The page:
When we eventually discover the psycho siblings were abused by both their parents the plot does not do anything with this reveal. It is just a throwaway tawdry detail in a one-dimensional exercise in sleazy thrills. Yet even the sleaze falls flat. William Webb's 80s TV style of direction renders scenes intended as provocative or transgressive simply insipid. His murder sequences are similarly blunt and dull. Brian De Palma he is not. Meanwhile the narrative is surprisingly sprawling, given the slight premise, overpopulated with superfluous subplot characters. Alongside the dueling pairs of psycho-killers and investigators you have Richard Roundtree wasted in the stock stick-in-the-mud police captain role, Dan's ill-fated romance with a flirty policewoman, Stacy's deteriorating relationship with the self-serving D.A. and a host of horny idiots who all fall victim to the siblings. Strangely, rather than the leads, it is one such deceptively disposable supporting player who cracks the case. Jennifer (Patricia Patts), a chubby teenage babysitter who spends her spare time phone-flirting with Seth. She not only side-steps a potentially fatal in-person encounter with the killer but takes the initiative to hand Stacy and Dan a vital clue. Less sensibly she also gatecrashes their stakeout at the singles’ bar. One half expects her to turn up with a handgun at the climax and put paid to Seth once and for all.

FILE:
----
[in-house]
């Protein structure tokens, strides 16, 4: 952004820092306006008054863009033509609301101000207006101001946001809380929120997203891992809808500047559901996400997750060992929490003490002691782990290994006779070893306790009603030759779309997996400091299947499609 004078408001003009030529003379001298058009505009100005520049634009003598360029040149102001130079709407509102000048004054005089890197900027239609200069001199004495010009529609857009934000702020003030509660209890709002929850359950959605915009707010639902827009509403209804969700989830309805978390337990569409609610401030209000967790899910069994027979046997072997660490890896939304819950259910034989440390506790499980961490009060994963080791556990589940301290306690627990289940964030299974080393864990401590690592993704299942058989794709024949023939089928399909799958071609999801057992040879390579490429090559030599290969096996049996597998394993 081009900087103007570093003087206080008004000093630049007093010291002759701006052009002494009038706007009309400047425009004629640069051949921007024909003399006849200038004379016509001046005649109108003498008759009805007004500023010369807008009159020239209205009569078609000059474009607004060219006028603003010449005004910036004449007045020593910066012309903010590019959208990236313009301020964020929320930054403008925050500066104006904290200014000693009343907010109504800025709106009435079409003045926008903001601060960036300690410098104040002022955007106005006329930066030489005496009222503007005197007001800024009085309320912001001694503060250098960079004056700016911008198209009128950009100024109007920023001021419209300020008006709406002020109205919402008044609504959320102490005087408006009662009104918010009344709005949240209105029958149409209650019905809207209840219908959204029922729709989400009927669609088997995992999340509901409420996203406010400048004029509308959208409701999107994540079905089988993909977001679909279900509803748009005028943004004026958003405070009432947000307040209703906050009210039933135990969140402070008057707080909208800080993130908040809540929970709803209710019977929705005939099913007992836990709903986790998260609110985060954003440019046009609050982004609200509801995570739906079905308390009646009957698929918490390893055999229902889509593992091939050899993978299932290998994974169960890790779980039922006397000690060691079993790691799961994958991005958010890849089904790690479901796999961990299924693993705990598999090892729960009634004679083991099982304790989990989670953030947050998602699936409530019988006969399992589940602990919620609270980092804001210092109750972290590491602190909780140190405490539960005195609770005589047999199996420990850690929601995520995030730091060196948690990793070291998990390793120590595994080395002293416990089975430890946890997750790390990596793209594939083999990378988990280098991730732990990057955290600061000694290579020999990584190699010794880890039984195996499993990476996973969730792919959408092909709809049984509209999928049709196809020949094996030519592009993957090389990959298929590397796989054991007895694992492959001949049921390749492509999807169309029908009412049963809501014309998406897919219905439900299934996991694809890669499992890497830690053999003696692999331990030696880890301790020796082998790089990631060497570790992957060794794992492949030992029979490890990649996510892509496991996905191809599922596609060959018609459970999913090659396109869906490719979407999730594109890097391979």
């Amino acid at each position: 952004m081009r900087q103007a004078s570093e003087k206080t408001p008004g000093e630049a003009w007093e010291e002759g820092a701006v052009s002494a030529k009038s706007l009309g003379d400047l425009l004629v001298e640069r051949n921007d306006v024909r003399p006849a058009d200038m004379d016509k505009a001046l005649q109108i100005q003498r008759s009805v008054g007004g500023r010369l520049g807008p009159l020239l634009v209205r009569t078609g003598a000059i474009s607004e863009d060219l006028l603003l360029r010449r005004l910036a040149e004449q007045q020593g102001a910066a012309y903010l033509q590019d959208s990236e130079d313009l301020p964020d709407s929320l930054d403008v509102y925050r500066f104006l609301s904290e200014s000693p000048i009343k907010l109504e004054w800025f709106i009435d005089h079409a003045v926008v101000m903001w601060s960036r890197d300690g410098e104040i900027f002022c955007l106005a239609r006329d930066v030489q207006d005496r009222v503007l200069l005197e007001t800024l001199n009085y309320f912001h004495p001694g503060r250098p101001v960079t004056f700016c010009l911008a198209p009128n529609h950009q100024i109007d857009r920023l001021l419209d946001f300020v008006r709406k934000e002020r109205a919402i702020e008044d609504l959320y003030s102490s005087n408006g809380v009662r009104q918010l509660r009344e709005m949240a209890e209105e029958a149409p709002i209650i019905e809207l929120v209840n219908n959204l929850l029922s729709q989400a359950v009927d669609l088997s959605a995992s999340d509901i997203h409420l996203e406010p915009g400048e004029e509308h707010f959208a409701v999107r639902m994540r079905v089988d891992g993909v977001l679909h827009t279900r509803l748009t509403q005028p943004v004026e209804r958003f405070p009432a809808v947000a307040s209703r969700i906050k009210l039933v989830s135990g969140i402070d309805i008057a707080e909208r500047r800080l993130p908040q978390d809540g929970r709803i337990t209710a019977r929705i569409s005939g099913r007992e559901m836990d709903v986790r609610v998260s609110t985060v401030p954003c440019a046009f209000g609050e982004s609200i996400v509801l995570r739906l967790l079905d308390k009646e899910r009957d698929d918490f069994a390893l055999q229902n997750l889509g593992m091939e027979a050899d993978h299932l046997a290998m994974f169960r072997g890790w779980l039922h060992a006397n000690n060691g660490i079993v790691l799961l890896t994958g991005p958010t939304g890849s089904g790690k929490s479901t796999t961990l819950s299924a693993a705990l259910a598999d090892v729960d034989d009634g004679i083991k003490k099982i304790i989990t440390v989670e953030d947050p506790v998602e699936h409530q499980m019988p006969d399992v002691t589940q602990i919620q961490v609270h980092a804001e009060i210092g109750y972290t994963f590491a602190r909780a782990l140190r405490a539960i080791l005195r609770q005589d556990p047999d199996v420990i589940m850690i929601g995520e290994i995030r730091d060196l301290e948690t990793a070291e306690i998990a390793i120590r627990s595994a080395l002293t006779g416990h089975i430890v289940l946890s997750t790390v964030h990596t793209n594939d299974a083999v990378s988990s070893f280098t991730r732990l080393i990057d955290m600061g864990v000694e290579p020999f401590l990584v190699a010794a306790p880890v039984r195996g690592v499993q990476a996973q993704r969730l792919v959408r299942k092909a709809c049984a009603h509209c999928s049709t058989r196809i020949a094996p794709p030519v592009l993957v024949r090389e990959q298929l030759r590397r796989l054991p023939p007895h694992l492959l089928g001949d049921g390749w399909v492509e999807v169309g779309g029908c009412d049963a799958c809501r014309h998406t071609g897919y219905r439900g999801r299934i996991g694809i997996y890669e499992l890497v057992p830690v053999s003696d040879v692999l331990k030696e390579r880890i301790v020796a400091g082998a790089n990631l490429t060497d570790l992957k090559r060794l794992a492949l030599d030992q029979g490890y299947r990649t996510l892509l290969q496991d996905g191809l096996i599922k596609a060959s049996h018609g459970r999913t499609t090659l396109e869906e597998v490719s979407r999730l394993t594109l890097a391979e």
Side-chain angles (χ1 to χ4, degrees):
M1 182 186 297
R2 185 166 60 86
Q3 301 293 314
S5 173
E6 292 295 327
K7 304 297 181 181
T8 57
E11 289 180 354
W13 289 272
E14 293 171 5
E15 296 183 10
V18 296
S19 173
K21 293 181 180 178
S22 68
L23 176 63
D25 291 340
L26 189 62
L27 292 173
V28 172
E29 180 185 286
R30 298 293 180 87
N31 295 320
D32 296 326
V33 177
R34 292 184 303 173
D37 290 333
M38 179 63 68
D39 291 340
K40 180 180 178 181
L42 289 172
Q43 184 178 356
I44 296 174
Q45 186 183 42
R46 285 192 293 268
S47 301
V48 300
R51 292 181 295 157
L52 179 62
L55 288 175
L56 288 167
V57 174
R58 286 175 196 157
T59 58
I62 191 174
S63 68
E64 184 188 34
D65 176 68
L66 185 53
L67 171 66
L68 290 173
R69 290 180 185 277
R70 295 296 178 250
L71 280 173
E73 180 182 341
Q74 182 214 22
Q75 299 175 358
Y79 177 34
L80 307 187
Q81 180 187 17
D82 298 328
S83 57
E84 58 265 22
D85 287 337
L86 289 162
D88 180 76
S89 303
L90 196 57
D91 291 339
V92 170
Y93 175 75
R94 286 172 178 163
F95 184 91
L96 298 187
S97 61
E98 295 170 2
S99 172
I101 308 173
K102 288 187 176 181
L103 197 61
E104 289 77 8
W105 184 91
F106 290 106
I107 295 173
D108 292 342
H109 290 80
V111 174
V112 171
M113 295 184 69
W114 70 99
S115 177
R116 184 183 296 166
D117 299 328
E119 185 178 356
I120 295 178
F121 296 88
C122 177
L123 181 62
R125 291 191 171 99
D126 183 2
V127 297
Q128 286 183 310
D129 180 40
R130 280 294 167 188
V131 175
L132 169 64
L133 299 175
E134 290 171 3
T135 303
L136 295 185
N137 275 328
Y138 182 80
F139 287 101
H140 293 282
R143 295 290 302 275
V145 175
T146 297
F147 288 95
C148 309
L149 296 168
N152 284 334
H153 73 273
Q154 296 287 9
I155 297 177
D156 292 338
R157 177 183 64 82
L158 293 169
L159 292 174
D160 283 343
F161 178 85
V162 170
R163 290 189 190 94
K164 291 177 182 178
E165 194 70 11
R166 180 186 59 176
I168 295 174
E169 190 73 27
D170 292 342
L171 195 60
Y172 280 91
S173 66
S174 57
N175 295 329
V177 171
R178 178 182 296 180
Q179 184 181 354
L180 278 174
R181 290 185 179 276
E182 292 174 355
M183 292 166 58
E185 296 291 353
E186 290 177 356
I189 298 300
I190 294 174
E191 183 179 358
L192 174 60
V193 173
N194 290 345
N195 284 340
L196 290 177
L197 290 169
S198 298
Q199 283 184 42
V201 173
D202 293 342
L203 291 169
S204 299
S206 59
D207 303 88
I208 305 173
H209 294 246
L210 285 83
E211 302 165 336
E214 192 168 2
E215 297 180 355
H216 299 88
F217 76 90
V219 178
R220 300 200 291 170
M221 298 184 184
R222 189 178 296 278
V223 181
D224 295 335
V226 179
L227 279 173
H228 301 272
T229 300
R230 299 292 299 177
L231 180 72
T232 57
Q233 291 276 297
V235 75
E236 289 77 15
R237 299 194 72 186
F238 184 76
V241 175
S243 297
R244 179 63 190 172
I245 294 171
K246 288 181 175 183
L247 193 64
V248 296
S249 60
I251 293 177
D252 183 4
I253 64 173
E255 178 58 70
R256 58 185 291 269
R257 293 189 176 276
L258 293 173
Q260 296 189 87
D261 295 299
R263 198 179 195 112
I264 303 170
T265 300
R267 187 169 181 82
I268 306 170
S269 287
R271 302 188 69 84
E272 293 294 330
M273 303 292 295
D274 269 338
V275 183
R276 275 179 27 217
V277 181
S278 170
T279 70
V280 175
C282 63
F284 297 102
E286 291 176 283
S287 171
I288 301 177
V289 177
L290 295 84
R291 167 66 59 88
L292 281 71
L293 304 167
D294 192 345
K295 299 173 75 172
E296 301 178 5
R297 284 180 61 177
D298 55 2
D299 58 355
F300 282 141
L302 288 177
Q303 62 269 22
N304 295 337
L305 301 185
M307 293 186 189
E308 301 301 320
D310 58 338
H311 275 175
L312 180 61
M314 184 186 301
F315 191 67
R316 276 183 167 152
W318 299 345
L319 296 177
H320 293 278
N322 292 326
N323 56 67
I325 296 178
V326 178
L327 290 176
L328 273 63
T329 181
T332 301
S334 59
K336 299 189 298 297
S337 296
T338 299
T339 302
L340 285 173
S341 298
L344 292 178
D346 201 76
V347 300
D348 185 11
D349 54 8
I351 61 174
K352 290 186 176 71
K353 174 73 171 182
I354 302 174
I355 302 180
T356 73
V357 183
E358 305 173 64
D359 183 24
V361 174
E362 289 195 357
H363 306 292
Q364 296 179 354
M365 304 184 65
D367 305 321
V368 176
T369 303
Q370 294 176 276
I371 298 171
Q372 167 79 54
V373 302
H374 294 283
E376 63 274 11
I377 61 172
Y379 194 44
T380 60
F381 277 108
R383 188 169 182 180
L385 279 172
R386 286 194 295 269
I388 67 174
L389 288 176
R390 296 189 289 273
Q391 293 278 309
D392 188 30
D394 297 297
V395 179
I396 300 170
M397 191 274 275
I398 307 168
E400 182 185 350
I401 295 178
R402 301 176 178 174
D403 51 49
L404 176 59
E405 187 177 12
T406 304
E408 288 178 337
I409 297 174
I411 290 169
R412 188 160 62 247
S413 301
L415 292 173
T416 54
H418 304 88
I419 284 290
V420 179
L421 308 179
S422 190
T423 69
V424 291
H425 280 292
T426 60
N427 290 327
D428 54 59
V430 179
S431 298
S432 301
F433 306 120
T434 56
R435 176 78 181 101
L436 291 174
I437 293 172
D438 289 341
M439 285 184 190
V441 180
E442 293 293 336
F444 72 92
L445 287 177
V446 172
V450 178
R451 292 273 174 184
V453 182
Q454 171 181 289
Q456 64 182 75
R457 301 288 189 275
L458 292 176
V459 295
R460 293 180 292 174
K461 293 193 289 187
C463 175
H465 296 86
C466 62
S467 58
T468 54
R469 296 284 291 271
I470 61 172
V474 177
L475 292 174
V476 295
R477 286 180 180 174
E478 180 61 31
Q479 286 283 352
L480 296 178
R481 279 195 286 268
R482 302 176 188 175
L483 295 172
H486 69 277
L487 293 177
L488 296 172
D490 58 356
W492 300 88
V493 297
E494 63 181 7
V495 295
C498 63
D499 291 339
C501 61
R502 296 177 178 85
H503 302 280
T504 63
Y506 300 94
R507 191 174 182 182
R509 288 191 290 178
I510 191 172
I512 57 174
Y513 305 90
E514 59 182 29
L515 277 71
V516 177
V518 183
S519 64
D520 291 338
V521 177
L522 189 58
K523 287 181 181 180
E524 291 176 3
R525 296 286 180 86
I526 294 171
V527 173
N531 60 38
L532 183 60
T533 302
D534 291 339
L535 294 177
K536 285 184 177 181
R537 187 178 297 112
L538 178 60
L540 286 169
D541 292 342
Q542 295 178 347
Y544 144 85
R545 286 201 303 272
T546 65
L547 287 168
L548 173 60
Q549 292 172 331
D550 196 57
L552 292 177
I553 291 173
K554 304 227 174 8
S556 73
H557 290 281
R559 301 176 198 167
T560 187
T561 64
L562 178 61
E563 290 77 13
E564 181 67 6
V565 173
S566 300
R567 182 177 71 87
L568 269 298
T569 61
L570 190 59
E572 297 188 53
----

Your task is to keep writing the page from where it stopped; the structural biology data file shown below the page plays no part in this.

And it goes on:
Battlestar Galactica's Richard Hatch fails to convince as a tough-as-nails cop despite having a prominent poster for Sudden Impact (1983) in his living room. He shares a clichéd dynamic with future Baywatch actress Shawn Weatherly as the ball-busting assistant D.A. who inevitably dons a tight red dress to lure out the murderer. Having previously played a convincing psycho kid in cult horror Devil Times Five (1974) Leif Garrett here transitions to a more mature madman. Often dismissed as a lightweight Garrett is quite good in the role despite the filmmakers' seemingly repeated attempts at humiliating the faded Seventies teen idol by making him don a wedding dress, perform multiple sniveling self-loathing monologues or groove along with a crowd of 80s fashion victims to some lousy pop music.

Reviewer: Andrew Pragasam


This review has been viewed 1791 time(s).

As a member you could Rate this film

Review Comments (0)

Untitled 1

Forgotten your details? Enter email address in Username box and click Reminder. Your details will be emailed to you.

Latest Poll
Which star probably has psychic powers?
Laurence Fishburne
Nicolas Cage
Anya Taylor-Joy
Patrick Stewart
Sissy Spacek
Michelle Yeoh
Aubrey Plaza
Tom Cruise
Beatrice Dalle
Michael Ironside

Recent Visitors
Enoch Sneed
  Louise Hackett
Darren Jones
Mark Le Surf-hall
Andrew Pragasam
Mary Sibley
Graeme Clark
  Desbris M


Last Updated: